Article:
The Tinusaur OLED Display has two main components: the ATtiny85 microcontroller and the SSD1306 OLED display controller. The SSD1306 chip is a popular choice for controlling OLED displays, which are readily available online.
Such displays can be used to display any number of things, from basic text and numbers, to complex game animations. Back in 2014, we wrote a small, open source library, called SSD1306xLED, for the ATtiny85 microcontroller to work with SSD1306-powered OLED displays. The Tinusaur OLED Display project is a perfect hardware companion to the library.
The SSD1306xLED library works with OLED display modules that use the I2C protocol. There are similar displays that use the same SSD1306 controller but communicate over the SPI interface. Our library does not work with the SPI version of the controller chip. In most cases, you can tell that a SSD1306 controller uses I2C if it has four pins – GND, VCC, SCL, SDA.
Although using the I2C interface, our SSD1306xLED library does not implement the full I2C protocol, but rather just enough of it to send commands and data to the display. In particular, the library does not support reading state back from the display. This comes with two great advantages: 1) it is super fast, and 2) it is super small. Read on for more details. The library is, of course, open source and all the software is available at https://bitbucket.org/tinusaur/ssd1306xled/.
This is a small sub-library used in SSD1306xLED that implements the subset of the I2C protocol necessary to send commands and data out. As its name implies, the I2CSW library only writes out.
For the purpose of communicating with the SSD1306 controller, writing to it is enough, since the controller does not send any data back. The downside is that the same library cannot be used to receive data from another device, such as I2C sensor modules.
There are two macros to set the SCL and SDA wires to high and to low (1 and 0):
There are also three low-level functions:
void i2csw_start(void); void i2csw_stop(void); void i2csw_byte(uint8_t byte);
i2csw_start function sets the SCL and SDA pins as outputs and
the “start” condition. In other words, it lets the devices connected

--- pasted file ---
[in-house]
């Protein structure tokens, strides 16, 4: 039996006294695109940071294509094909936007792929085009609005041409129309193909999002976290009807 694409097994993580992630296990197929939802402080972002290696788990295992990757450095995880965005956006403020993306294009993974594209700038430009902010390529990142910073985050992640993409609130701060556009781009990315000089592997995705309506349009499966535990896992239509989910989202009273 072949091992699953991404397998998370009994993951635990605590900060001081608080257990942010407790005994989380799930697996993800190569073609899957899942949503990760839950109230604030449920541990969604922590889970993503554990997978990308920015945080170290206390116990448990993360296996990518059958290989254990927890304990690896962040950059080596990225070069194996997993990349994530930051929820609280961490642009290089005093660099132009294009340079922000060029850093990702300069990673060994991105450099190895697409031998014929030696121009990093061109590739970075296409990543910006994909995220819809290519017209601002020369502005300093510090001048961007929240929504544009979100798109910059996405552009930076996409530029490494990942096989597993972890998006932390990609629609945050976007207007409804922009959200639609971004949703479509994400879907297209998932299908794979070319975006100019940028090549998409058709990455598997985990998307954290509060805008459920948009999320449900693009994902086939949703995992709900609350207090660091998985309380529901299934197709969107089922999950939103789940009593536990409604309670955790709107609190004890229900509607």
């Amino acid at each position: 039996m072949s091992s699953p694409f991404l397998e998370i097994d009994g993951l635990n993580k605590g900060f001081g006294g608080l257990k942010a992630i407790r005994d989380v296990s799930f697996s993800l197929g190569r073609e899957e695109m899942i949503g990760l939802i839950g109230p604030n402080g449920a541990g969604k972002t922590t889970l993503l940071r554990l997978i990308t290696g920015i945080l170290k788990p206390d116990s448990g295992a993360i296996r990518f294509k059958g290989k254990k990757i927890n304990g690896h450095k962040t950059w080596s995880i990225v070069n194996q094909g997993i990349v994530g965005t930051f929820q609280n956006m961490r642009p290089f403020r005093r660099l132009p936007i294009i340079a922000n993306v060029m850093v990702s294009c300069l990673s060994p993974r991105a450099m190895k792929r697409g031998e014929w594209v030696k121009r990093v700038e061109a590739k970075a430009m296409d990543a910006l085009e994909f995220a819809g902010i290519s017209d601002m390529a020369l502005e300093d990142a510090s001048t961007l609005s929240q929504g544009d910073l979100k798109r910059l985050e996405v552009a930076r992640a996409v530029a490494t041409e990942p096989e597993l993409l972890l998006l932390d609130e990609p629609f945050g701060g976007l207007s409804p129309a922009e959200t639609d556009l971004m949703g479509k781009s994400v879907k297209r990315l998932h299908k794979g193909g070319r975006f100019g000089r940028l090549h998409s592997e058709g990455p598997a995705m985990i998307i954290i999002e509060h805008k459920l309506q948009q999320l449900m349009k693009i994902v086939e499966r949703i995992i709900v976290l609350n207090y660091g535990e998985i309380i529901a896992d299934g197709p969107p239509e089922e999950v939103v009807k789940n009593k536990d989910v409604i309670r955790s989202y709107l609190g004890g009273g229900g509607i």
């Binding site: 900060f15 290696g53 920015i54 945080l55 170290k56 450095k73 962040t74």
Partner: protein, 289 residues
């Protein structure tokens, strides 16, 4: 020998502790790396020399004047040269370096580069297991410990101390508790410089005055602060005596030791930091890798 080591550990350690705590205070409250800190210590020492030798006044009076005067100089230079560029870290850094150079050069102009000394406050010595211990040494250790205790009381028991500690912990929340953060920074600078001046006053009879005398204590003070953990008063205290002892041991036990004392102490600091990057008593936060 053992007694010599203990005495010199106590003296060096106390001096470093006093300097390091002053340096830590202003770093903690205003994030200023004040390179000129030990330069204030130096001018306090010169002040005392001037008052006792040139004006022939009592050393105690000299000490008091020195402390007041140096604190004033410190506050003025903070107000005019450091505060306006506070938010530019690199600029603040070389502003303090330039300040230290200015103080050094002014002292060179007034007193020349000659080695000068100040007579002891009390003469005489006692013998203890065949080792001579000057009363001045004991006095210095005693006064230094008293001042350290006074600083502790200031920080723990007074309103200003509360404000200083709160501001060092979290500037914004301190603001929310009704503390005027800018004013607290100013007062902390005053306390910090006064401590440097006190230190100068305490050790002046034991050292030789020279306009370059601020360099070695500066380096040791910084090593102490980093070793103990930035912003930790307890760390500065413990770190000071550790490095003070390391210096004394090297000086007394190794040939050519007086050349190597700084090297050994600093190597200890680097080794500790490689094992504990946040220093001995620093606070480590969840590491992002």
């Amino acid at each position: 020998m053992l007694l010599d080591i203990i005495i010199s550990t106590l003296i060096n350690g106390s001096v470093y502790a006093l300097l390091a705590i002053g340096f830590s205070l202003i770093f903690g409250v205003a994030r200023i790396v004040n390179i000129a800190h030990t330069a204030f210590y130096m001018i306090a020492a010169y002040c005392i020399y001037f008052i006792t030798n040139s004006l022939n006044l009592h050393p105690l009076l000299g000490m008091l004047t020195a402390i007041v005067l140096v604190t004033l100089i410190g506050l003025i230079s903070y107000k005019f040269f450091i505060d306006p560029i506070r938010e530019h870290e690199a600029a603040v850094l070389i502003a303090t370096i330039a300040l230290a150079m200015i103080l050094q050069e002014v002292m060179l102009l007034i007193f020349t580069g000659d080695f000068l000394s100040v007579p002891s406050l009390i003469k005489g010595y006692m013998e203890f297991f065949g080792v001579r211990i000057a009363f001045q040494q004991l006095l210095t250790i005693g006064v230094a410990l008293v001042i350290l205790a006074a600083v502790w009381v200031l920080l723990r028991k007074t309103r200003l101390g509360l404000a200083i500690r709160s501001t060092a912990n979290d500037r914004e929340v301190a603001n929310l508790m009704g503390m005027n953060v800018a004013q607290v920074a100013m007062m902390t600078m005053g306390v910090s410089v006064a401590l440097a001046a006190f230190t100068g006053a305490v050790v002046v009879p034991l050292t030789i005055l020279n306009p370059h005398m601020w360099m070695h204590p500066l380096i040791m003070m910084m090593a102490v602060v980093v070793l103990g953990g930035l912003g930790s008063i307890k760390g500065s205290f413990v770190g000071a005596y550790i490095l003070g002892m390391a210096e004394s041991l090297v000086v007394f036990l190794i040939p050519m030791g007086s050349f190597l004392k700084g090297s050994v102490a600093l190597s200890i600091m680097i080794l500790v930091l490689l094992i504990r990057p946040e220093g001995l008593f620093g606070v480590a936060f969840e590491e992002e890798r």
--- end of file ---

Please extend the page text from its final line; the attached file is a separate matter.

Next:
to the microcontroller know that we are about to send something out.
i2csw_stop function sets the “stop” condition, which indicates
we have finished sending data. It also sets the SDA pin as input so it
won’t keep the SDA line HIGH all the time.
i2csw_byte function sends one byte of data out. It is used to
send commands and data to the I2C devices – the display in our case.
Note that the I2CSW library does not handle the acknowledgment condition.
There are four core functions in the library at the moment:
void ssd1306_start_command(void); void ssd1306_start_data(void); void ssd1306_data_byte(uint8_t); void ssd1306_stop(void);
ssd1306_start_command function indicates to the connected I2C
devices that we’re about to send commands. This is used to configure
the controller or to set some parameters such as the current position
on the display.
ssd1306_start_data function indicates to the connected I2C
devices that we’re about to send some data. This is used to send some
data to the display controller – like bitmaps or text.
ssd1306_data_byte function sends two bytes of data to the display
controller. This function is used for both commands and data.
ssd1306_stop function indicates that we have finished
These are three convenience functions:
void ssd1306_init(void); void ssd1306_setpos(uint8_t x, uint8_t y); void ssd1306_fill4(uint8_t, uint8_t, uint8_t, uint8_t);
ssd1306_init function sends a sequence of commands that will
initialize the display controller so it will work the way we expect.
ssd1306_setpos function sets the current position on the
display. Sending data after this command will display it at that
position. From the SSD1306 documentation (Solomon Systech Apr 2008 P
42/59 Rev 1.1 SSD1306):
Horizontal addressing mode (A[1:0]=00b)
In horizontal addressing mode, after the display RAM is read/written, the column address pointer is increased automatically by 1. If the column address pointer reaches column end address, the column address pointer is reset to column start address and page address pointer is increased by 1. The sequence of movement of the page and column address point for horizontal addressing mode is shown in Figure 10-3. When both column and page address pointers reach the end address, the pointers are reset to column start address and page start address (Dotted line in Figure 10-3.)
We are using the horizontal addressing mode since it is the most convenient for drawing shapes or printing characters.
ssd1306_fill4 function fills out the screen with the four bytes
specified as parameters. The reason for four bytes is that it is
convenient for filling the screen with patterns.
There are three other functions derived from the
ssd1306_clear()clears the screen, i.e., fills it with zeroes
ssd1306_fill(p)fills the display with the specified byte
ssd1306_fill2(p1, p2)fills the display with the two specified bytes
The testing script in the
demonstrates the purpose and usage of the library.
The first section of this file fills out the screen with random values using a linear congruential generator. The second section fills out the screen with a sequential number that creates some patterns. The next section fills the screen line by line. The last section fills out the screen with various patterns.
There are more functions in the SSD1306xLED library, such as for printing text and numbers on the screen and drawing images, but those will be subject of another update. In the meantime, here are images of the various patterns generated by the tests described above: